Wipfli Financial Advisors, LLC (“Wipfli Financial”) is an investment advisor registered with the U.S. Securities and Exchange Commission (SEC); however, such registration does not imply a certain level of skill or training and no inference to the contrary should be made. Wipfli Financial is a proud affiliate of Wipfli LLP, a national accounting and consulting firm. Information pertaining to Wipfli Financial’s management, operations, services, fees and conflicts of interest is set forth in Wipfli Financial’s current Form ADV Part 2A brochure and Form CRS, copies of which are available from Wipfli Financial upon request at no cost or at Wipfli Financial does not provide tax, accounting or legal services. The views expressed by the author are the author’s alone and do not necessarily represent the views of Wipfli Financial or its affiliates. The information contained in any third-party resource cited herein is not owned or controlled by Wipfli Financial, and Wipfli Financial does not guarantee the accuracy or reliability of any information that may be found in such resources. Links to any third-party resource are provided as a courtesy for reference only and are not intended to be, and do not act as, an endorsement by Wipfli Financial of the third party or any of its content or use of its content. The standard information provided in this blog is for general purposes only and should not be construed as, or used as a substitute for, financial, investment or other professional advice. If you have questions regarding your financial situation, you should consult your financial planner, investment advisor, attorney or other professional.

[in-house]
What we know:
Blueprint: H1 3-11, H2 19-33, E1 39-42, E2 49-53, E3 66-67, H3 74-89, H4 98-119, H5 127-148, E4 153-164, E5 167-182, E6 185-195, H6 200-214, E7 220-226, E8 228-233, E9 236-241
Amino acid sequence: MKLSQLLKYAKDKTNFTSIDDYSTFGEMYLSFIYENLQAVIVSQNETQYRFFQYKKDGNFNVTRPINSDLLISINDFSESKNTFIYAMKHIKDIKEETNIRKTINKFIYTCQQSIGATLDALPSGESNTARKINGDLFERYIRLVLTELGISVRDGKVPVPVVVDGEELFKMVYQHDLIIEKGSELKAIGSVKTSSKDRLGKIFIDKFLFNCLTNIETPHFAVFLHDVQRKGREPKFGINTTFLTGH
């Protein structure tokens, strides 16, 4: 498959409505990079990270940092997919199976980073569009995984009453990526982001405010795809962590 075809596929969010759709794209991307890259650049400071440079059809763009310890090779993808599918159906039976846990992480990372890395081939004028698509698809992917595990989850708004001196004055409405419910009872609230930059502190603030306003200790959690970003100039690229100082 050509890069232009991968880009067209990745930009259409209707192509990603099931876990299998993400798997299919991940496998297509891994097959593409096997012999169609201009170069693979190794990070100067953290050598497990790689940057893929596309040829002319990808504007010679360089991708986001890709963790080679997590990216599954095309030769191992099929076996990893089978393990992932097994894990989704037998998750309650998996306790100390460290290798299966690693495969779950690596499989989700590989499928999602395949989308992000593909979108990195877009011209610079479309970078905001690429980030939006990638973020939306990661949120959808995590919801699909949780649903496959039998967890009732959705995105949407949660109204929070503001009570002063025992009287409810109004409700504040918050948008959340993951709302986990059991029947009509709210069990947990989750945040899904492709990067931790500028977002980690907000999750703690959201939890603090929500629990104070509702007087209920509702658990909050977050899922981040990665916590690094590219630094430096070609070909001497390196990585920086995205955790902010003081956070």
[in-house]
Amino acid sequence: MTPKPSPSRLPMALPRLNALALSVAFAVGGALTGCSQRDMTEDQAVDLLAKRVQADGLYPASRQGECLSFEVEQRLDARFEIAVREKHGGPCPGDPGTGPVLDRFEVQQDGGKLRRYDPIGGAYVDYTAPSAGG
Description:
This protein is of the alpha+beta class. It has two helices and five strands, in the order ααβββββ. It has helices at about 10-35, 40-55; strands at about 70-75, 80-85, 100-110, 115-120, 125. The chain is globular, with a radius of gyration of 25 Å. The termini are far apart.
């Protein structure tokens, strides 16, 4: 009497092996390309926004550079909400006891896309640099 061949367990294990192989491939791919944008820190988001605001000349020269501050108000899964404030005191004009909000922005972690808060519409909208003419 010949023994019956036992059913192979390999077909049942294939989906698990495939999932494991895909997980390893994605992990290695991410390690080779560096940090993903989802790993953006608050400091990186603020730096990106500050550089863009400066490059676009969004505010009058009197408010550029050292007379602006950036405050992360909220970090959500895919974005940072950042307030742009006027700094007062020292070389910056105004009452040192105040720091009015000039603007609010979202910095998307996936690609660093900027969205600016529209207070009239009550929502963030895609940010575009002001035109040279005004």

OneBite Editorial Staff

OneBite® is a Top 50 Financial Advisor Blog powered by Wipfli Financial Advisors. Founded in 2011, the digital magazine is dedicated to providing intelligent, in-depth coverage and analysis of the top financial and economic issues facing investors today.

No Comments Yet

Comments are closed

How to Calculate Your Net Worth

time to read: 4 min